AIDS Treatment

AIDS Treatment

Human immunodeficiency virus or HIV infection causes AIDS treatment (Acquired Immunodeficiency Syndrome) which is mostly fatal and there is no cure. AIDS occurs in the later stages of the disease.

Currently, HIV-positive patients are treated with antiretroviral drugs that block the transmission of the virus inside the body and delay the onset of AIDS treatment. In addition, opportunistic infections in AIDS can be prevented with the use of biological and anti-cancer drugs.

Aids Treatment
Aids Treatment

History of HIV treatment

Initially in the late 1980’s, monotherapy with zidovudine was the only antiretroviral therapy (ARV). By 1996, more anti-HIV drugs were being developed and compound therapies were becoming more widely used. This highly active combination therapy is now known as highly active antiretroviral therapy (HAART).

Drug classes

ARVs work primarily on an enzyme called reverse transcriptase. This enzyme helps in the multiplication of viral particles. Medications inhibit this enzyme and prevent viral replication. There are four main classes of drugs used as antiretroviral agents:

  1. Nucleoside reverse transcriptase inhibitors (NRTIs)
  2. Non-nucleoside reverse transcriptase inhibitors (NNRTIs)
  3. Protease inhibitors
  4. Ribonucleotide reductase inhibitor

The drugs, along with their possible side effects, are shown in the table below.

Drug Category Drug Hame Toxicity
Nucleoside reverse transcriptase inhibitors (NRTI) Zidovudine (AZT) Hepatic steatosis, lactic acidosis, myopathy, cardiomyopathy, dyshaemopoiesis (anemia, macrocytosis, neutropenia)
Didanosien (ddI), Stavudine (d4T) Hepatic steatosis, lactic acidosis, pancreatitis, myopathy, peripheral neuropathy, dyshaemopoiesis, gynaecomastia
Lamivudine (3TC) Dyshaemopoiesis
Non-Nucleoside reverse transcriptase inhibitors (NNRTI) Nevirapine, Efavirenz Skin rashes, Stevens-Johnson syndrome, hepatitis
Protease inhibitors (PI) Saquinavir, Ritonavir, Indinavir, Nefinavir Lipodystrophy, hyperglycaemia, hyperlipidaemia, hepatitis
Ribonucleotide reductase inhibitor (RNR) Hydroxyurea Bone marrow suppression, mouth ulcers, hepatitis

Management of HIV-positive patients

Management of HIV-positive patients according to the guidelines of the British HIV Association (BHIVA):

  • All patients with HIV infection need antiretroviral therapy if they have a CD4 cell count of below 350 cells/mm3 or signs of nervous system involvement. If an AIDS treatment defining condition is present therapy may be indicated despite normal CD4 levels.
  • If CD4 cell counts are 351-500 cells/mm3 patients require treatment if they have Hepatitis B or C infection, low percentage of CD4 cells (less than 14%) and have a high risk of heart disease.
  • Those with late-stage HIV need ARV except in presence of tuberculosis when CD4  cell counts are more than 350 cells/mm3

AIDS Pathophysiology

Acquired Immune Deficiency Syndrome (AIDS) is caused by HIV or the human immunodeficiency virus. Infection primarily causes progressive destruction of the cell-mediated immune system (CMI) by eliminating CD4 + T-helper lymphocytes.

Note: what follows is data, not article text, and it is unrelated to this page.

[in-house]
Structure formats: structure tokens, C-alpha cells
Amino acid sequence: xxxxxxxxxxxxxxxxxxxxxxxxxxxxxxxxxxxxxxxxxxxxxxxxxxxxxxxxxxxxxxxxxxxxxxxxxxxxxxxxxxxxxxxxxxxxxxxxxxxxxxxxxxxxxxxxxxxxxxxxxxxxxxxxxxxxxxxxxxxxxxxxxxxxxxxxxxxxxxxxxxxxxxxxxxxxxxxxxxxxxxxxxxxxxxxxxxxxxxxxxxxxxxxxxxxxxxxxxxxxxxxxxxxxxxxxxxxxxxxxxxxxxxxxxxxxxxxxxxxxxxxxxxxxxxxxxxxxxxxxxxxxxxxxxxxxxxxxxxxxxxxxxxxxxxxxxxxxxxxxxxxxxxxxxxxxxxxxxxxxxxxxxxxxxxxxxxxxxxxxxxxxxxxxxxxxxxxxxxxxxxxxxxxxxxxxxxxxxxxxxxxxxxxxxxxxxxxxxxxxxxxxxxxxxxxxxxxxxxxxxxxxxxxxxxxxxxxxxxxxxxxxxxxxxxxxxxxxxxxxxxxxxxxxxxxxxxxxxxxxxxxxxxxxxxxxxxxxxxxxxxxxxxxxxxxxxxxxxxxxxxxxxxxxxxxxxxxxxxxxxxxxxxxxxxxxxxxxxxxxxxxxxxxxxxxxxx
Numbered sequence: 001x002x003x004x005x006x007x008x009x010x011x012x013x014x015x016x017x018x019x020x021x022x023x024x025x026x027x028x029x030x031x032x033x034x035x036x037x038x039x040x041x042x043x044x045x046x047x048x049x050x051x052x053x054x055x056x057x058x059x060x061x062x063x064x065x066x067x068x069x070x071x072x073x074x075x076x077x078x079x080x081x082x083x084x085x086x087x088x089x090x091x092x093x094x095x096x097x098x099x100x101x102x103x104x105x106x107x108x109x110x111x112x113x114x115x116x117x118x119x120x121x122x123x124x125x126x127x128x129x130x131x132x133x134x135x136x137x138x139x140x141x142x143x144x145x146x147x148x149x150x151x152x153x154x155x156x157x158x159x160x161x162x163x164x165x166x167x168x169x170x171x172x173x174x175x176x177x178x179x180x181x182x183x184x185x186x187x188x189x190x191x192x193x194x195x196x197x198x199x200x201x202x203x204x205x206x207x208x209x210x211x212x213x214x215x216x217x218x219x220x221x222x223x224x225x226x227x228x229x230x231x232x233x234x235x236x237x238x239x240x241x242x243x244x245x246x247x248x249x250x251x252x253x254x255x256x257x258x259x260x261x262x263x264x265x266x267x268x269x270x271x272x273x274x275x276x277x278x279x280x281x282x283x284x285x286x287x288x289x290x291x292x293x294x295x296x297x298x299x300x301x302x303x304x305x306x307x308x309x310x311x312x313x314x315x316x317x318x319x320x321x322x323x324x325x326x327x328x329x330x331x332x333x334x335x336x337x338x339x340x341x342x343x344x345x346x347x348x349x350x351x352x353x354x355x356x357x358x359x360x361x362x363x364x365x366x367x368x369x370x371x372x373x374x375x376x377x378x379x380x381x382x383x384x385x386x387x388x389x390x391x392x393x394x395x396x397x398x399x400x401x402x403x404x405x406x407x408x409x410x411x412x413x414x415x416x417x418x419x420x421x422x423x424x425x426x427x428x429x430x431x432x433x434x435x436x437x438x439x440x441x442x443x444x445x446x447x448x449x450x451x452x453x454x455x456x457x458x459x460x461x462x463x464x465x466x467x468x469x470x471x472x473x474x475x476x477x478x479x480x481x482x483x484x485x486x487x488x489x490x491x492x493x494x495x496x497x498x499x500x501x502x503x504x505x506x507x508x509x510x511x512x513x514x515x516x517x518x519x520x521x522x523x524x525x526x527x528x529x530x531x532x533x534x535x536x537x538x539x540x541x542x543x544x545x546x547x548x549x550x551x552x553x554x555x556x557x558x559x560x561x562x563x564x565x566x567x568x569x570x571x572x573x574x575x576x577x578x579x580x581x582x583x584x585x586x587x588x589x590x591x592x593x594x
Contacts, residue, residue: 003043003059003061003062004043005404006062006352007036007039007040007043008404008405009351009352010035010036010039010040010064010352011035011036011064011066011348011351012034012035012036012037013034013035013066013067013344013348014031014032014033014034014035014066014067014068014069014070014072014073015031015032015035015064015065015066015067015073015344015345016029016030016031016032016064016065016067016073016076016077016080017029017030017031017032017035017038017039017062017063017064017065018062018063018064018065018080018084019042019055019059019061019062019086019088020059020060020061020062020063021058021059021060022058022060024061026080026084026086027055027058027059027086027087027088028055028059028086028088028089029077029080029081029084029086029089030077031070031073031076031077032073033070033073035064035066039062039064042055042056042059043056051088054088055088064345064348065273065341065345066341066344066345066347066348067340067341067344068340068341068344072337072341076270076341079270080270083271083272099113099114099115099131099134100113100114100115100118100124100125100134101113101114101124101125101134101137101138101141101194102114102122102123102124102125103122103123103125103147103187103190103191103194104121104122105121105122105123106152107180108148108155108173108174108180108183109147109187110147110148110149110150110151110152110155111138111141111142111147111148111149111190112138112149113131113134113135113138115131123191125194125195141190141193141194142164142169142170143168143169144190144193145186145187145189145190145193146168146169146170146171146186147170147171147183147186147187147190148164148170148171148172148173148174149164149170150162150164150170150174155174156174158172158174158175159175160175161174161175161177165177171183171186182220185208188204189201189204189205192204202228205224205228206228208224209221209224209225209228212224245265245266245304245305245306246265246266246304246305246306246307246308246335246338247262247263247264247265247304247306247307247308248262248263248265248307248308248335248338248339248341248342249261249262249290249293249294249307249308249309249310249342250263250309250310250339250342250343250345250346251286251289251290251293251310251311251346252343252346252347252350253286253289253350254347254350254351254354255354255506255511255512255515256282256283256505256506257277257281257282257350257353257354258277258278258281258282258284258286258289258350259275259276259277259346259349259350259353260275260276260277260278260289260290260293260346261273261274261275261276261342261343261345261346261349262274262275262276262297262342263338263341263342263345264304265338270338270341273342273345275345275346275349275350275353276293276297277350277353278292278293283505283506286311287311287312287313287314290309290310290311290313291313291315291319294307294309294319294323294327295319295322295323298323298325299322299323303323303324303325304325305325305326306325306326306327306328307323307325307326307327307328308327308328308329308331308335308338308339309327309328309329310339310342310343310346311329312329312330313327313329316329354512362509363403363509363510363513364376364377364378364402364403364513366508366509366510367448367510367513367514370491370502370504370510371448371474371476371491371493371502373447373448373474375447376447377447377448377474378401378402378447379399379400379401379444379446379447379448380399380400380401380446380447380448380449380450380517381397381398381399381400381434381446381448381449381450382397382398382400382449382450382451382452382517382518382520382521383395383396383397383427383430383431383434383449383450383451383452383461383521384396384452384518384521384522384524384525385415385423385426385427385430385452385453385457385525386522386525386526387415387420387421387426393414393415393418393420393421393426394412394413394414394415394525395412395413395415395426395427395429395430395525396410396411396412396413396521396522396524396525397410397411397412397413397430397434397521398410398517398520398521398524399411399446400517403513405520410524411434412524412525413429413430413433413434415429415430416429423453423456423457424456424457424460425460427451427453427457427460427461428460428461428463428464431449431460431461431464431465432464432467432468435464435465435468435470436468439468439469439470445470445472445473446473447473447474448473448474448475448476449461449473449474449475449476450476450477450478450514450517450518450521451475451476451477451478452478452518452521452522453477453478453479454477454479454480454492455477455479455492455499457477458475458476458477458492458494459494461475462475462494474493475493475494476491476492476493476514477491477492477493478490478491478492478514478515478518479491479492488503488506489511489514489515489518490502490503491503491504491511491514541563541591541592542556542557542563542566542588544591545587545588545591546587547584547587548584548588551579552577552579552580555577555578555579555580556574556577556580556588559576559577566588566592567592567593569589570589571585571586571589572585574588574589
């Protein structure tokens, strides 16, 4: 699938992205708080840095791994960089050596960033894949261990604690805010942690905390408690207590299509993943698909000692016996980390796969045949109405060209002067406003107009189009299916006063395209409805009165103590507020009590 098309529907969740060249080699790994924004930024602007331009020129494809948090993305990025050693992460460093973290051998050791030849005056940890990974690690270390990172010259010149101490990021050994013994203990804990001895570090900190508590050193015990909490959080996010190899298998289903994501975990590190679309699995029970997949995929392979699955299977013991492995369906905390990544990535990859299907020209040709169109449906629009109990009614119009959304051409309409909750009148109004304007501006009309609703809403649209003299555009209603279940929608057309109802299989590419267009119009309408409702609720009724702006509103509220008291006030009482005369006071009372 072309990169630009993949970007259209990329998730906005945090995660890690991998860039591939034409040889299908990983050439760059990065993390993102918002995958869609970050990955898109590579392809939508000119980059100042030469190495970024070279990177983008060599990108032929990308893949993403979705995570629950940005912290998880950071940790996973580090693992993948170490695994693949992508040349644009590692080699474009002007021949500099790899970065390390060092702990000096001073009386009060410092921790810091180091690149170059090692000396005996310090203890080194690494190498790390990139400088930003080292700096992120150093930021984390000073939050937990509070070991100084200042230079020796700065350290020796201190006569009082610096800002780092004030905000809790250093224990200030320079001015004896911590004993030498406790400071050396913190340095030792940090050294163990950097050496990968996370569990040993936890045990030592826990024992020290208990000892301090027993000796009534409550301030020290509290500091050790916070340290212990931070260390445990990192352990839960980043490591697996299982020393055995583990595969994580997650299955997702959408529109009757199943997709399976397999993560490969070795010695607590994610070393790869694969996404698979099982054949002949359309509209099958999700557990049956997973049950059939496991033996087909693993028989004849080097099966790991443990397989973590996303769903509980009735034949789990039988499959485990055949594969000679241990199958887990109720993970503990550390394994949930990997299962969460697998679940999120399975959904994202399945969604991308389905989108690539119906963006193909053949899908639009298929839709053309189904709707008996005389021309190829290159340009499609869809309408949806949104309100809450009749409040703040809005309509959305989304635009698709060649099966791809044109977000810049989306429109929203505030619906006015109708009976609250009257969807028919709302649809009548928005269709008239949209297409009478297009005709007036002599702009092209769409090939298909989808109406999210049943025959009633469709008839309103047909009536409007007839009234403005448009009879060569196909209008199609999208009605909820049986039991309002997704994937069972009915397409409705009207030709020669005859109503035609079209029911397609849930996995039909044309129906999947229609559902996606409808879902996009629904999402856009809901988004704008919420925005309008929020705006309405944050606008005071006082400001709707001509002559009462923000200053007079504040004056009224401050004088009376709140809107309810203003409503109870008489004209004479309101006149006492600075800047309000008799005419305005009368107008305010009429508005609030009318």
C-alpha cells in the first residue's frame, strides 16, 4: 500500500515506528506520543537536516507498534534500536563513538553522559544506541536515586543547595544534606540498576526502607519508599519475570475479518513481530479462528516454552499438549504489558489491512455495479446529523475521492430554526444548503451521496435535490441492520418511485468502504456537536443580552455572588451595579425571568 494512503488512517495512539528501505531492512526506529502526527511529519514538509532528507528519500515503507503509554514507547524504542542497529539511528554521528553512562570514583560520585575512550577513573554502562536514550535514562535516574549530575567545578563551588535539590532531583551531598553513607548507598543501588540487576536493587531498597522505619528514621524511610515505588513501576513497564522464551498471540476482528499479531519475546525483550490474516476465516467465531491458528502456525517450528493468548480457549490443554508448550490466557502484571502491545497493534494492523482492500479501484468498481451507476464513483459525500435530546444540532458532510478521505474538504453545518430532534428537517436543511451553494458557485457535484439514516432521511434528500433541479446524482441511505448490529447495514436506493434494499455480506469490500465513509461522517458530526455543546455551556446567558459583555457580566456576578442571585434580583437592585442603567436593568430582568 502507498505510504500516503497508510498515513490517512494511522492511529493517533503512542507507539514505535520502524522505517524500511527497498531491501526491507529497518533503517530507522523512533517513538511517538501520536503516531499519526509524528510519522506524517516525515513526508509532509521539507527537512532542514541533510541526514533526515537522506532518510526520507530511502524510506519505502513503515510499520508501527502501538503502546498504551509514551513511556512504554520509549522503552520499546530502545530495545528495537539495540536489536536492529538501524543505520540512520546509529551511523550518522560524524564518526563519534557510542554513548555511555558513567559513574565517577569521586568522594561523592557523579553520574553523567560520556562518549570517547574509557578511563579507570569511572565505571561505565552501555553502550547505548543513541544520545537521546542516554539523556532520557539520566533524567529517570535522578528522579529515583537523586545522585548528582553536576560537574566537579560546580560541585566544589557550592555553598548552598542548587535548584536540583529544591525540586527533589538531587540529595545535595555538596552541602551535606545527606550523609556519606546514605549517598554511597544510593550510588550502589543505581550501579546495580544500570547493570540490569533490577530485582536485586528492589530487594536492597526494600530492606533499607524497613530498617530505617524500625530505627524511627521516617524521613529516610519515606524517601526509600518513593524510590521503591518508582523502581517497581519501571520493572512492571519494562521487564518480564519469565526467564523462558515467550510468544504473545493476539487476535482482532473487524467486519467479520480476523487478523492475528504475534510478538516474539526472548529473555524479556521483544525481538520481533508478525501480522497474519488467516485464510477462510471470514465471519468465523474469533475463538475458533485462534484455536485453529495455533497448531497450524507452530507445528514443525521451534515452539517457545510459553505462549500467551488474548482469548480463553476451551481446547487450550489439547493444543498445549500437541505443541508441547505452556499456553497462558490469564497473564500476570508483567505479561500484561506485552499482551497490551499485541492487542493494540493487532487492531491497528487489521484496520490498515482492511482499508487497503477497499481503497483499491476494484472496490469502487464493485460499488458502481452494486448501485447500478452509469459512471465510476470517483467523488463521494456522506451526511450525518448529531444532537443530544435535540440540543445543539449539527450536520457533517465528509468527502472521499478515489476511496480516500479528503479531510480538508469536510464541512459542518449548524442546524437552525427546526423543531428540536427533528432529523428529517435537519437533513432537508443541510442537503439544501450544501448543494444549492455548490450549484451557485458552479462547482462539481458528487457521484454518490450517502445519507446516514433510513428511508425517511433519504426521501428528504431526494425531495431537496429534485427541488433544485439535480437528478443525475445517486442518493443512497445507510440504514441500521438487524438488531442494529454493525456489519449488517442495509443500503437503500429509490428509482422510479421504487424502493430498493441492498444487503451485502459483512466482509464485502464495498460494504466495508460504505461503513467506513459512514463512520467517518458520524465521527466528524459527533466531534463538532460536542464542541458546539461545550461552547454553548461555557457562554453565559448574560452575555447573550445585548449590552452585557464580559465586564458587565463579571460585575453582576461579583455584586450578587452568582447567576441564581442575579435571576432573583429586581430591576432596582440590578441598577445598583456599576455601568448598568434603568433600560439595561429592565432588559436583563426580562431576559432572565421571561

Lack of immunity leads to opportunistic infections and some cancers. Opportunistic infections are caused by organisms that do not cause infections in healthy people. HIV also directly damages certain organs, such as the brain.

How is therapy begun and maintained?

Initial treatment is done with three drugs: efavirenz plus tenofovir or abacavir, plus lamivudine or emtricitabine

Patients need to be vaccinated against hepatitis B, pneumococcal disease and Haemophilus influenzae type b (and possibly influenza and hepatitis A). These patients should not be vaccinated against live viral or organism vaccines such as BCG, yellow fever, oral typhoid, or live oral polio. People who are at risk for opportunistic infections need antifungal or antibiotic agents to prevent them.

How to manage accidental exposure to HIV infection?

This situation is normal among medical services laborers and the individuals who deal with HIV positive patients. There might be a coincidental needle stick injury or openness to HIV polluted blood or body liquids of the patients.The individuals who have been presented to the infection inside the most recent 72 hours (three days) need to take hostile to HIV medicine to forestall the contamination conceivably.

This is called post-operative prophylaxis or PEP. PEP infection should begin within about 72 hours of exposure. The faster PEP is initiated, the better – preferably after exposure to HIV.Energy is an extended treatment with a mix of antiretroviral drugs, which makes serious side impacts and doesn’t ensure outright security.

HIV infection in pregnancy

Antiretroviral drugs given to pregnant women with HIV help prevent the baby from transmitting the infection. Without treatment, one in four children will have an infection. With treatment, the risk is less than one hundred. Breastfeeding is not recommended in HIV-infected women as the virus can infect the baby through breast milk.

HIV vaccine

Efforts are underway to develop a vaccine against the infection. To date, however, there is no approved vaccine against the infection because the HIV-1 virus poses a difficult target against which a vaccine can be developed.